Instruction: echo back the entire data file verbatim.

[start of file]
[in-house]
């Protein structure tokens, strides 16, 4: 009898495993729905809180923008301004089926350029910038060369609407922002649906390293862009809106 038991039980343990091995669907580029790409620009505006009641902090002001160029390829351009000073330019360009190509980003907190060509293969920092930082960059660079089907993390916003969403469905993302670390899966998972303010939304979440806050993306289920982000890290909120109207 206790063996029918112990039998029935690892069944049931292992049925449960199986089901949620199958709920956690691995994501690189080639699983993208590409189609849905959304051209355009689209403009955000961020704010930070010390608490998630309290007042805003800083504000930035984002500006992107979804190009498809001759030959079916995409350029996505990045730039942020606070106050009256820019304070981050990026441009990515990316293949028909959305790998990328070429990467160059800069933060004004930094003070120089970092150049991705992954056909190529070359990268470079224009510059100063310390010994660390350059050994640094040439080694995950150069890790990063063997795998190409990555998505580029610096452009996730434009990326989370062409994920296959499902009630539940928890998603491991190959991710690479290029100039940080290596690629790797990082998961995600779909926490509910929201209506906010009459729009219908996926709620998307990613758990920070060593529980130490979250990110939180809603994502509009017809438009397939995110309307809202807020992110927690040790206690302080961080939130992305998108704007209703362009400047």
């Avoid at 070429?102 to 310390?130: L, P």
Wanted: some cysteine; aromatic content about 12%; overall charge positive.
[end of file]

[in-house]
């Protein structure tokens, strides 16, 4: 009898495993729905809180923008301004089926350029910038060369609407922002649906390293862009809106 038991039980343990091995669907580029790409620009505006009641902090002001160029390829351009000073330019360009190509980003907190060509293969920092930082960059660079089907993390916003969403469905993302670390899966998972303010939304979440806050993306289920982000890290909120109207 206790063996029918112990039998029935690892069944049931292992049925449960199986089901949620199958709920956690691995994501690189080639699983993208590409189609849905959304051209355009689209403009955000961020704010930070010390608490998630309290007042805003800083504000930035984002500006992107979804190009498809001759030959079916995409350029996505990045730039942020606070106050009256820019304070981050990026441009990515990316293949028909959305790998990328070429990467160059800069933060004004930094003070120089970092150049991705992954056909190529070359990268470079224009510059100063310390010994660390350059050994640094040439080694995950150069890790990063063997795998190409990555998505580029610096452009996730434009990326989370062409994920296959499902009630539940928890998603491991190959991710690479290029100039940080290596690629790797990082998961995600779909926490509910929201209506906010009459729009219908996926709620998307990613758990920070060593529980130490979250990110939180809603994502509009017809438009397939995110309307809202807020992110927690040790206690302080961080939130992305998108704007209703362009400047």
């Avoid at 070429?102 to 310390?130: L, P």
Wanted: some cysteine; aromatic content about 12%; overall charge positive.